Proposed Global Health Cuts Enough to Strip up to 32 Million Children of Lifesaving Treatments, Agency Says
Young participants in Save the Children's advocacy day send a message to Congress Wednesday: 'Don't cut our future, invest in kids everywhere!' Photo Credit: Susan Warner/Save the Children
Tanya Weinberg: 202-247-6610
WASHINGTON, DC (March 2, 2011) — As Secretary of State Hillary Clinton testifies before Senate committees Wednesday, hundreds of children’s advocates — a third of them children themselves — are visiting congressional offices with a similar message: don’t slash foreign aid.
“I think Congress should know kids are the future. They should be healthy everywhere,” said Lexie Viklund, 14.
The Long Island, NY 9th grader was among participants from 19 states around the country attending Save the Children’s annual advocacy day, Wednesday. The event coincided with a heated budget debate on the Hill and Secretary Clinton’s testimony in the Senate about foreign affairs funding.
“This is a truly scary time when you think of how many children around the world could lose access to lifesaving care brought about through U.S. programs,” said Charles MacCormack, Save the Children president and CEO.
Kids are among Save the Children supporters from around the country telling Congress Wednesday not to cut livesaving programs for poor children abroad. (Susan Warner/Save the Children
“Make no mistake, Americans will lose too with drastic cuts,” MacCormack added. “Investing in global development that reduces suffering of the world’s poorest children is an investment in our common future. It’s an investment in global stability and economic growth that benefits us all.”
“We hope the Senate listens to Secretary Clinton today and we hope all of Congress listens to American children here today to advocate for less fortunate children around the world,” he said.
Save the Children supporters told members of Congress Wednesday that a potential cuts to maternal and child health funding would be equivalent to eliminating vaccines and treatments that could reach up to 32 million poor children around the world.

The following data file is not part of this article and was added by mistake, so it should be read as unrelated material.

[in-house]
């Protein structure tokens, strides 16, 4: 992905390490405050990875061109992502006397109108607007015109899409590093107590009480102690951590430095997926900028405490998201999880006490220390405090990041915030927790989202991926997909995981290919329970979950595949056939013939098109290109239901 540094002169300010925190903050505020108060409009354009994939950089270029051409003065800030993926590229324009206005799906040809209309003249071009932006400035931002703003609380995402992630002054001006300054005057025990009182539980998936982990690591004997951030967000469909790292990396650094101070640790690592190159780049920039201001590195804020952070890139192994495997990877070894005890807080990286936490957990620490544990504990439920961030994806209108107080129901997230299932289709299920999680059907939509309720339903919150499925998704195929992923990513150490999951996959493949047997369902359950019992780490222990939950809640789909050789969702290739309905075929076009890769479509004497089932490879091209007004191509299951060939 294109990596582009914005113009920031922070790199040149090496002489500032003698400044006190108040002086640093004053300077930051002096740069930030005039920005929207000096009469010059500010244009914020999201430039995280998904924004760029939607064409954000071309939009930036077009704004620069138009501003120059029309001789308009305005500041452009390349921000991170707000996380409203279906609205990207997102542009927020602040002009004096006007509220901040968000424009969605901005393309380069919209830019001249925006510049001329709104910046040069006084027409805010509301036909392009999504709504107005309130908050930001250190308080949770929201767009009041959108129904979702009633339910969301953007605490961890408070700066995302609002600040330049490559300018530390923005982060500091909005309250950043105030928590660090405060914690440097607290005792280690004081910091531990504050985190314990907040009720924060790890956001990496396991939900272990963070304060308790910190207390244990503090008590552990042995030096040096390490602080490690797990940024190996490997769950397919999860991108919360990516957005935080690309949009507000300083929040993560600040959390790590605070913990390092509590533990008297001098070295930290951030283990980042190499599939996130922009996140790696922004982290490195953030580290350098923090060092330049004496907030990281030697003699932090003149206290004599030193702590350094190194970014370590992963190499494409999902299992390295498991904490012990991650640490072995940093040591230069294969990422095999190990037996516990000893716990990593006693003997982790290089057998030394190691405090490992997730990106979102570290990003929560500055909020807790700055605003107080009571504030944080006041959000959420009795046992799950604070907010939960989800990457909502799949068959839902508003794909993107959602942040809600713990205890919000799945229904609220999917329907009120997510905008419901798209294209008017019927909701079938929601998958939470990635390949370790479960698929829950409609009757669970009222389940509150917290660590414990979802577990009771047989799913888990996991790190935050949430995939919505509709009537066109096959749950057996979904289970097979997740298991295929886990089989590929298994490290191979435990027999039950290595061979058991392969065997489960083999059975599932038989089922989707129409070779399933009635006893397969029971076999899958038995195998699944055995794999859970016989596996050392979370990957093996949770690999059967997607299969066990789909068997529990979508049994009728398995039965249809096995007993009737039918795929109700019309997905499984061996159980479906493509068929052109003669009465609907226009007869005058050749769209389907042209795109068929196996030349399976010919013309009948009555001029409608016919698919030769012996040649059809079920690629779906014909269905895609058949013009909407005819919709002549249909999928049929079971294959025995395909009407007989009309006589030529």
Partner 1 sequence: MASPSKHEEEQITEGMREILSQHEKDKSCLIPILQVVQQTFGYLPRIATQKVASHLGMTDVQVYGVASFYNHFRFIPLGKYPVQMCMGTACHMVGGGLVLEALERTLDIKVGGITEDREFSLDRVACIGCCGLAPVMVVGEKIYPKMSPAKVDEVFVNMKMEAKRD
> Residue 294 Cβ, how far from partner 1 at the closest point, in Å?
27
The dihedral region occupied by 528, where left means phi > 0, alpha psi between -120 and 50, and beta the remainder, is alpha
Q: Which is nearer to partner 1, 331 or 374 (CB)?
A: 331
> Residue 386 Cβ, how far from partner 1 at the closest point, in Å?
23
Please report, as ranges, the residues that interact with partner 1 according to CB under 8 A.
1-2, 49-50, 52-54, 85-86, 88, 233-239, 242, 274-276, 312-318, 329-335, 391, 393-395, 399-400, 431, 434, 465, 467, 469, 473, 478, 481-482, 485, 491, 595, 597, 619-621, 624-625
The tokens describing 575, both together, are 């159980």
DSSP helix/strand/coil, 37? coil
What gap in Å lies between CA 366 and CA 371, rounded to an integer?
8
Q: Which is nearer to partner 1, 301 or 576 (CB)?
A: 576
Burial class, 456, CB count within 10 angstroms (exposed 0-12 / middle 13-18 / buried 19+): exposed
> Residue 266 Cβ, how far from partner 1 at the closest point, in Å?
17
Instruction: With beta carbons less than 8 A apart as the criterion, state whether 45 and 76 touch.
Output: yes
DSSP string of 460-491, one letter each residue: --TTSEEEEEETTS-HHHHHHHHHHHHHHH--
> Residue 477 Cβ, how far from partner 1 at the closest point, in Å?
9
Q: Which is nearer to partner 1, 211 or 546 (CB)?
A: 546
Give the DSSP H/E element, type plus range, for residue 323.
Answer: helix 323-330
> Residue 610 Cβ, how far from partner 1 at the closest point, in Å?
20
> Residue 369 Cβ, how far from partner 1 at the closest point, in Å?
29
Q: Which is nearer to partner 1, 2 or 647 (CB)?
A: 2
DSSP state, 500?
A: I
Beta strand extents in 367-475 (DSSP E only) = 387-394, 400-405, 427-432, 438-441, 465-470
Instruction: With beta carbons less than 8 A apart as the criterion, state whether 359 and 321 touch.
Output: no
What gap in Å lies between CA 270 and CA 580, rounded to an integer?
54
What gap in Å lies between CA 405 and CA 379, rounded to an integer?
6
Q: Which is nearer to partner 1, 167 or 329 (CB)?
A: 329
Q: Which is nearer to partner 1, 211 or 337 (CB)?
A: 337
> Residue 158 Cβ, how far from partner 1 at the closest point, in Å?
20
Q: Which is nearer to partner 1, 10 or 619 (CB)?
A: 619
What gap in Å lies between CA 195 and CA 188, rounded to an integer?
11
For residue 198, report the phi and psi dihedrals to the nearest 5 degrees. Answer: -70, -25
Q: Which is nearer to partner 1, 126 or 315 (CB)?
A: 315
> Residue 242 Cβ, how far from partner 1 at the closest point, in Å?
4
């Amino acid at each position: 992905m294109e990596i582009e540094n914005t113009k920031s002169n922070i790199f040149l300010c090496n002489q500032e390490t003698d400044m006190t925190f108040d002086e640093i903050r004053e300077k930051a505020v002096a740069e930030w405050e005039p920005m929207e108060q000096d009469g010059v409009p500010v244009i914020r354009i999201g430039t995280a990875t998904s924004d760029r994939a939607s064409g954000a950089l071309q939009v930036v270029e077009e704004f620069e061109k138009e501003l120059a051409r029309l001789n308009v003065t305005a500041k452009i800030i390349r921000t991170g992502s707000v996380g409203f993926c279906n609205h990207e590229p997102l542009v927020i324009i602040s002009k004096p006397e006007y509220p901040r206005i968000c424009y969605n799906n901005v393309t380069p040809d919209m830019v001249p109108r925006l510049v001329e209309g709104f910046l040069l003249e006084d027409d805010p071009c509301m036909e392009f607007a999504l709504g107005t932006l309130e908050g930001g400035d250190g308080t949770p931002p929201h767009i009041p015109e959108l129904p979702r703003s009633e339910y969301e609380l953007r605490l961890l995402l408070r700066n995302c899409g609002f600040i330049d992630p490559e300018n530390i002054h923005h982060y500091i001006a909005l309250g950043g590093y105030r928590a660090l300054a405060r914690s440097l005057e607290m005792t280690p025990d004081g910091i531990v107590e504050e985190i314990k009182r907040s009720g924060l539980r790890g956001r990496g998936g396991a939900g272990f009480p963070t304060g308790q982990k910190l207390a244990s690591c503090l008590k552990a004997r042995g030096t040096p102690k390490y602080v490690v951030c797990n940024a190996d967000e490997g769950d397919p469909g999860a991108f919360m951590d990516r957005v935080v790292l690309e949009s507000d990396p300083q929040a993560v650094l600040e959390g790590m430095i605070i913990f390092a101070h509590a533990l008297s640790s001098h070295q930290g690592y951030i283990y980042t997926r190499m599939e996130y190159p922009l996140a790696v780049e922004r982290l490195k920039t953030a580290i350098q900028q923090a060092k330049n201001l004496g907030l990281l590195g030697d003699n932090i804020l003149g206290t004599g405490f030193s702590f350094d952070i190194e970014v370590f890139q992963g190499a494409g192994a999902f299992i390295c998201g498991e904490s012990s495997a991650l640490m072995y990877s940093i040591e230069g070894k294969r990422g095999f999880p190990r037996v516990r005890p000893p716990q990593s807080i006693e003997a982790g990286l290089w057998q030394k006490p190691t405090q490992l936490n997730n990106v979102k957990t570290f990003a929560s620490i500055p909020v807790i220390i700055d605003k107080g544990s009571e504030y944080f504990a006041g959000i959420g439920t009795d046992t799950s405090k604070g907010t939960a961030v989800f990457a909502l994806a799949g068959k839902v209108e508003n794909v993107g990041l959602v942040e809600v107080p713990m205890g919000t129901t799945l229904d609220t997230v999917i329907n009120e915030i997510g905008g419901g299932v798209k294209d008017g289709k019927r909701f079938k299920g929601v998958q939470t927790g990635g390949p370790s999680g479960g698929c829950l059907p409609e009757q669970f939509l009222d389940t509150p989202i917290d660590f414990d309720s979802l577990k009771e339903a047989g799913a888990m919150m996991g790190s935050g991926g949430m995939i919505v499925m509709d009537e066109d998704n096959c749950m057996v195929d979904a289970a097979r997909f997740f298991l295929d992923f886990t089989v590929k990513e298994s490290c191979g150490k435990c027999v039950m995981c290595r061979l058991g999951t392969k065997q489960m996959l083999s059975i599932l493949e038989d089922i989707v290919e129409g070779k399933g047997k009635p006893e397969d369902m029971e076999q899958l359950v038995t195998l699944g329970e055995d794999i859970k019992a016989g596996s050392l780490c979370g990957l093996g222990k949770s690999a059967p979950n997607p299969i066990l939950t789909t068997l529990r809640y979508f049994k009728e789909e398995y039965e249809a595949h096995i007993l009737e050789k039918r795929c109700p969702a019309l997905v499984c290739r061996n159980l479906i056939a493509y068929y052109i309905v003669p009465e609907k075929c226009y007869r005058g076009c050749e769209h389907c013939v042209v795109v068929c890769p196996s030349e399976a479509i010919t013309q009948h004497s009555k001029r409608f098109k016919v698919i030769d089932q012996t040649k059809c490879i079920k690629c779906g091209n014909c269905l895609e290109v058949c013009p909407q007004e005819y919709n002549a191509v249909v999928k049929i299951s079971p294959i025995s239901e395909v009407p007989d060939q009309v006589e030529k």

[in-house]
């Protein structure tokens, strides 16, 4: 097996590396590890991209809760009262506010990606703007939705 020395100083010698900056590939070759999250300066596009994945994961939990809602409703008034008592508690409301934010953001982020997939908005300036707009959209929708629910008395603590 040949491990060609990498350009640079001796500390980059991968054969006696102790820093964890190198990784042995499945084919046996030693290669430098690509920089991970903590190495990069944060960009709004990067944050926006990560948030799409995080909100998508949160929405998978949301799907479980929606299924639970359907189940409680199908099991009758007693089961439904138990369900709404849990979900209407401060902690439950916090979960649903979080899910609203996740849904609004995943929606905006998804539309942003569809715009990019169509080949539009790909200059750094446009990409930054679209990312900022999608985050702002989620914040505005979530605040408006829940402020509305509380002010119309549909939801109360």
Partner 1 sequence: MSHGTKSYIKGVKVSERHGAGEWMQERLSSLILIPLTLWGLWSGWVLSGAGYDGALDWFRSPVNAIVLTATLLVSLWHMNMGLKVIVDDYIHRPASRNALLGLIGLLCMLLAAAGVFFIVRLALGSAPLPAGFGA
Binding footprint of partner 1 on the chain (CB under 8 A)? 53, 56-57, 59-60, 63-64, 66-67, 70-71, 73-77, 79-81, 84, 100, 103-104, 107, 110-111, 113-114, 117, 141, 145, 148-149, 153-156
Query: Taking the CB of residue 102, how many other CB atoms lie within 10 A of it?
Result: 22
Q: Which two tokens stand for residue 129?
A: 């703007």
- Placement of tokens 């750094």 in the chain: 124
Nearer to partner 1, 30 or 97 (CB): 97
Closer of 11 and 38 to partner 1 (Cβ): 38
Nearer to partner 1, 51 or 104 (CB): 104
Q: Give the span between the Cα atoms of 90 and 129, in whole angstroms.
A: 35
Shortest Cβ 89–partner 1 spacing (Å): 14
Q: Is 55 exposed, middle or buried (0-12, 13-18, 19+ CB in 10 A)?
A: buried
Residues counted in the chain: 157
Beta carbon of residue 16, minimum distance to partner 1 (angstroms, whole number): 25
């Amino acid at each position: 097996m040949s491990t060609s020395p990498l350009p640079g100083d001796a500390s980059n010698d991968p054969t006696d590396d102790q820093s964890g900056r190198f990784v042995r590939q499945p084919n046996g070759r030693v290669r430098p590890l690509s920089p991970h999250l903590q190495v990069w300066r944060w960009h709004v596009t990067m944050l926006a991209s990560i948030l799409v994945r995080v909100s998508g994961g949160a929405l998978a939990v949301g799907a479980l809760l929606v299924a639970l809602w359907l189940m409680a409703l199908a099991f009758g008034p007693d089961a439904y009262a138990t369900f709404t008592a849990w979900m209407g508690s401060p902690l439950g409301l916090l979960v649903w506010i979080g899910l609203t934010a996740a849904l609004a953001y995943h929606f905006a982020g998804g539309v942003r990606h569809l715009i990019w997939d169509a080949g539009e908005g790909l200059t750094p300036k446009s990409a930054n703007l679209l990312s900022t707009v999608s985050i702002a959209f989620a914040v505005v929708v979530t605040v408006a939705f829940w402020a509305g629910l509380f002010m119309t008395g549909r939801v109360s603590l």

Annually, 8 million children die of largely preventable and treatable causes. Over 40 percent die in the first month of life — most in the absence of very basic health care. House leaders continue talking about rolling back “non-security” funding back to FY08 levels. Applied to the maternal and child health account, that would represent a $453 million cut to President Obama’s FY11 budget request.
Save the Children said that sum could provide all of these:
- 8 million children with antibiotics to treat pneumonia, the biggest killer of children under 5
- 12.5 million children with oral rehydration salts to treat diarrhea, the 2nd biggest killer
- 7 million children with vaccines against seven childhood diseases
- Midwifery training for thousands of health workers to help ensure a safe delivery and lifesaving care for their newborn
At this week’s events, Save the Children also named its 2011 Congressional Champions for Children honorees. Rep. Dave Reichert (R-WA), Rep. Jim Himes (D-CT), Sen. Mark Pryor (D-AR) and Sen. Roger Wicker, (R-MS) were recognized for their work on behalf of children in the United States and worldwide.
To get involved in Save the Children’s newborn and survival campaign, visit www.GoodGoes.org.
Save the Children is the leading, independent organization that creates lasting change for children in need in the United States and 120 countries around the world. Follow us on Twitter and Facebook.